of' the I'arnily (Lasson X: Richards. IC19-k). con they are ol'tcn shunned by rebearcher\-
Tliesc erpcct:~tions are a product of schema. na~nely.because they are biased by participant
cogni ti\,c strilctul'es tlir!t interpret csperiences perceptions. expectations, anti cognitions. The
on tllc basih of past interactions and that con- challenge for developmental scientists is how
str~lct ycripts that guide future interactions best to collect and ittilize reports from both
t B;~ld\vin. 1993). Differences in relationship participants i n n rel;~tionsliip. which are, by
sclie~na3 l . i ~I~eciu~se
~ the nat~11.e and the con- definition. not independent. To ~~iiderstand the
tent 01' inter:rctions dif'fer :\cross Ihnlily meni- true co:lrse of parent-adolescent elationsh ships,
bers: Mothers have more rn~~ndane socializing we must distinguish stability and change as
intcrac~ionswith children than fathers, and a they are experienced by each participant. This
much higher percentage of motlier-child inter- requires longitudinal data for each reporter. To
actions fall into this category than father-child understand tlie role that parent-child relation-
interactions. I n contrast, fathers devotes higher ships play in adolescent outcomes we must
proportion of their time with adolescents to distinguish each participant's perceptions
recreational activities. These tlistinctions are of the relationship from their perceptions of
amplificcl in households with more than one their own behavior and that of their partner.
child. Participants interpret these interactions This requires analytic techniclues designed for
in terms of their relationship schema; fathers, interdependent data (Kenny, Kashy, & Cook,
looking to relax, seek to minimize socializa- 2006). There are very few circumstances in
tion hassles with children. whereas mothers, which the optimal research strategy involves
~ 1 1 1 0 often experience negative affective spill- (1) f o c ~ ~ s i nexclusively
g on the views of a sin-
over from work. may invest considel-able emo- gle relationship participant or (2) combining
tion i n otherwise mundane interactions with parent and child reports into a single score.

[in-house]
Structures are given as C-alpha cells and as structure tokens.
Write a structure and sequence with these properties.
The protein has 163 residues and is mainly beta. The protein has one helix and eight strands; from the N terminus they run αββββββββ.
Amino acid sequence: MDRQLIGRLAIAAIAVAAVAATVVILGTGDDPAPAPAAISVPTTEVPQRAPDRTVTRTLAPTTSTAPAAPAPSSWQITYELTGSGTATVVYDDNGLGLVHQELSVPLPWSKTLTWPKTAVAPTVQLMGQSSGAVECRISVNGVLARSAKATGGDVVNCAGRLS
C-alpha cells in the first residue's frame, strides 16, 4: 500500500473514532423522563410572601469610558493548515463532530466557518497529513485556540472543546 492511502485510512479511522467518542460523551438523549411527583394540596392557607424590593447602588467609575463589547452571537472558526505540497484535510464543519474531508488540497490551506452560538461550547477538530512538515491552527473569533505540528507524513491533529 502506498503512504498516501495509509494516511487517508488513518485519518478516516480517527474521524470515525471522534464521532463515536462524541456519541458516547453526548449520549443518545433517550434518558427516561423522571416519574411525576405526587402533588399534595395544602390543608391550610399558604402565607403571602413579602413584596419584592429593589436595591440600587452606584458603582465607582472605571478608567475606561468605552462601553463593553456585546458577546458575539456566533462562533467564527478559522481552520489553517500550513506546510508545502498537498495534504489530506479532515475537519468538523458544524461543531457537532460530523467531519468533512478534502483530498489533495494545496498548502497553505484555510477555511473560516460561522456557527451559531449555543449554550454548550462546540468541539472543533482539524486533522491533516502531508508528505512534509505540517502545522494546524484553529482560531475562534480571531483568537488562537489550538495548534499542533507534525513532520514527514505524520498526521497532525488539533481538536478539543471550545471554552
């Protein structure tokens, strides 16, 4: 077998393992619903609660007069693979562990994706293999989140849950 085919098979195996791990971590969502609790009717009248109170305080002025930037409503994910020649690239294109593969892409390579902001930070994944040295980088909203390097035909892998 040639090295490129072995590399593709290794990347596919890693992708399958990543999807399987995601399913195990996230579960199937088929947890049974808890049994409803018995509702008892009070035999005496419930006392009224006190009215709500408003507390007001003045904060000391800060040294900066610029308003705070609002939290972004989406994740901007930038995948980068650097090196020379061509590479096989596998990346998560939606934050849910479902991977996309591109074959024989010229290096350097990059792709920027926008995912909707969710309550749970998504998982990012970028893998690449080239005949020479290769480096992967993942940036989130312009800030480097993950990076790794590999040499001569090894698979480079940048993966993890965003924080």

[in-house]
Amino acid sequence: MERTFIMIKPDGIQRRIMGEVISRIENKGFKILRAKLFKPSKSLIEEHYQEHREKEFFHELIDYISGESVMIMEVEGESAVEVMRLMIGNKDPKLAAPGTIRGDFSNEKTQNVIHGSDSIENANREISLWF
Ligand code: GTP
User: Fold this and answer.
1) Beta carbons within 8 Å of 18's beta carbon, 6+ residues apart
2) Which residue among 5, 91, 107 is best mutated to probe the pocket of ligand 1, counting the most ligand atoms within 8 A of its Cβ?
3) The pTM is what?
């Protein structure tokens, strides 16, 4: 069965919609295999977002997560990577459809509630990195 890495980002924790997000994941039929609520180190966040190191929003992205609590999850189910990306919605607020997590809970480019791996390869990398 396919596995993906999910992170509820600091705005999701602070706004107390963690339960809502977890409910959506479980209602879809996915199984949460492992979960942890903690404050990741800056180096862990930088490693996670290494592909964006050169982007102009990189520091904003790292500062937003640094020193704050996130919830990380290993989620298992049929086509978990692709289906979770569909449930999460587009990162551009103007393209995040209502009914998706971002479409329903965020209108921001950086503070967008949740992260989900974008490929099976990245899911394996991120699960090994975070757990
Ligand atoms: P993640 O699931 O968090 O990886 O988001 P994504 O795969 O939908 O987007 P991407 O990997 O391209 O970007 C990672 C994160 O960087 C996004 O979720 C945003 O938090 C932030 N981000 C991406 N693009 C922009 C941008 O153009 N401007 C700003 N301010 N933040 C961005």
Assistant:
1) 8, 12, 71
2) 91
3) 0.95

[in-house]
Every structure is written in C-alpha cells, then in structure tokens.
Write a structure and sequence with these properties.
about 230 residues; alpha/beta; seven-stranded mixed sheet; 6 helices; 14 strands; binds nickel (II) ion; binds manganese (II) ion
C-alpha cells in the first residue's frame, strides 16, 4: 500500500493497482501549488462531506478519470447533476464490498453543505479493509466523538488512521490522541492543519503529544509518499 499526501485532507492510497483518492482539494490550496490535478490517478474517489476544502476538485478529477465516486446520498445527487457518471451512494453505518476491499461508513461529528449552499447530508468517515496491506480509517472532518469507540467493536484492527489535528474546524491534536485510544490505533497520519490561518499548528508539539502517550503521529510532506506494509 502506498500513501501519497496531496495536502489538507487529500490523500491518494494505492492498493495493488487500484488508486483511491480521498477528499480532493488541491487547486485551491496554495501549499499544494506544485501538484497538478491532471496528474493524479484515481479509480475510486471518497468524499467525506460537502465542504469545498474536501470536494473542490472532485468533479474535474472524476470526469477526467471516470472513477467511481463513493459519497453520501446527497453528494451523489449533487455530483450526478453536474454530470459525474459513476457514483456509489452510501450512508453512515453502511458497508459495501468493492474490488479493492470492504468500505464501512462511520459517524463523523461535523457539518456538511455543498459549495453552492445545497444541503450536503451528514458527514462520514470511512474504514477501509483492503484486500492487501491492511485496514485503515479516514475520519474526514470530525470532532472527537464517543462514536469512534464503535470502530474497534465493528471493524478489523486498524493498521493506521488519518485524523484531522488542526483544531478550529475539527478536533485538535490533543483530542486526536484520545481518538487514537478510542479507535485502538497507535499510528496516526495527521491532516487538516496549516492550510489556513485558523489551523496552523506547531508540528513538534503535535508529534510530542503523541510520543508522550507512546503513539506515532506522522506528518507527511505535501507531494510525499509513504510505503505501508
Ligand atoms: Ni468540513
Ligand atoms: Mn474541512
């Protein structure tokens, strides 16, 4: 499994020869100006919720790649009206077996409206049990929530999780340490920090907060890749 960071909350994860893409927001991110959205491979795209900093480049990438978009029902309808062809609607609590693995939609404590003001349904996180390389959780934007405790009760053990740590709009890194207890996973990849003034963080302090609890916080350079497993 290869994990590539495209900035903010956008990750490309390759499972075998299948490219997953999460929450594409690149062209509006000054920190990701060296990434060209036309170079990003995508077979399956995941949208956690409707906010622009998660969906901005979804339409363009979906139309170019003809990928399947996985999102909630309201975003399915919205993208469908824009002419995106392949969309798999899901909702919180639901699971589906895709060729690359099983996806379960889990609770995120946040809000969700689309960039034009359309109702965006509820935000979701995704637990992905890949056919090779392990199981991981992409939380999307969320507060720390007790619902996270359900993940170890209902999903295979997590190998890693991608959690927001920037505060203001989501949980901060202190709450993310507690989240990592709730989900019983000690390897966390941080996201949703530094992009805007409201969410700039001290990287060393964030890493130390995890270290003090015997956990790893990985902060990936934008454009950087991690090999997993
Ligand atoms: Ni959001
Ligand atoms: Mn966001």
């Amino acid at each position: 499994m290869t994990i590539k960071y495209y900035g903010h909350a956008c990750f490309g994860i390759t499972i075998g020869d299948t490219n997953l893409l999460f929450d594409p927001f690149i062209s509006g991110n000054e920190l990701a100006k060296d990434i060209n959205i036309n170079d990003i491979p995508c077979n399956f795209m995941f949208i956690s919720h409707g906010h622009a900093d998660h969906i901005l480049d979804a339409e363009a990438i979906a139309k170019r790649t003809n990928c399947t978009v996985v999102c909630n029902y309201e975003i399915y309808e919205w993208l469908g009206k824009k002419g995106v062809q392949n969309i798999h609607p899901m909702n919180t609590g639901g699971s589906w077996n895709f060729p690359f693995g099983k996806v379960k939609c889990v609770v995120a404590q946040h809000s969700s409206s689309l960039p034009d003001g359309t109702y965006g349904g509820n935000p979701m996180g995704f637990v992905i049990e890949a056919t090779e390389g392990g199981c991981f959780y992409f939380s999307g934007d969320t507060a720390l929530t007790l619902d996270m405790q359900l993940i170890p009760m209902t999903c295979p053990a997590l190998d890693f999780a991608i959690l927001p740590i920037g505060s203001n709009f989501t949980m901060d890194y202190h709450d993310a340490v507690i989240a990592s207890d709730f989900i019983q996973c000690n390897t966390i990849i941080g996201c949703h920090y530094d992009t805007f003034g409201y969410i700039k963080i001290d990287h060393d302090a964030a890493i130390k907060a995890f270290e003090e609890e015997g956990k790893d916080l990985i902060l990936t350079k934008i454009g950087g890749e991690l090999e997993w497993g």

children.
Differences in schemas and experiences Parenting Styles and Practices
have iniportanl irnplic~~tions for reports about Interactional variations from one parent-
f'aniily relationships and interactions. Olson adolescent dyad to another have been sub-
(1977) notes that reports differ not only sumed. i n part, by the construct of parenting
between ~ne~nber-s of a family. but also between styles (Raumrind: 1931: Darling Rr Steinberg,
family memhers :und observers. The relation- 1993). Parenting styles chal-acterize parents
ship schema held by o b s e ~ x r sare not the and their relations with specific children.
same as those held by parents or children A~trhorit(it;~~~ /)cit-etztit?g denotes a complex
because observers have no common relation- amalgam of actions and attitudes that give pri-
ship histo~.y on which to base expectations ority to the child's needs ancl abilities while
and n o emotional stake in the interaction. at the same time implying age-appropl-iate
Doe5 this Incan that observer reports are more maturity demands. By contrast, tr~c~liot~irtrt~ircti
:iccurate'! Not necess:~rily because. although pnt-c.t7tiri,pis typified by inter-acticms implying
oh.;crvrr\ m a y he lcss biased. the)! are also relalive neglect of the child's needs in favor of
less infornied. Obse~.\,ersmay have difficulty the parent's agenda. strong demands for child
distingi~ishing pla!,ful insults from hostil- colnpliance. and forceful nietliotls for gain-
ity. a ~ ~the).i l ma!' mis\ insiclc joke.; or veiled ing compliance a11d punishing infractions.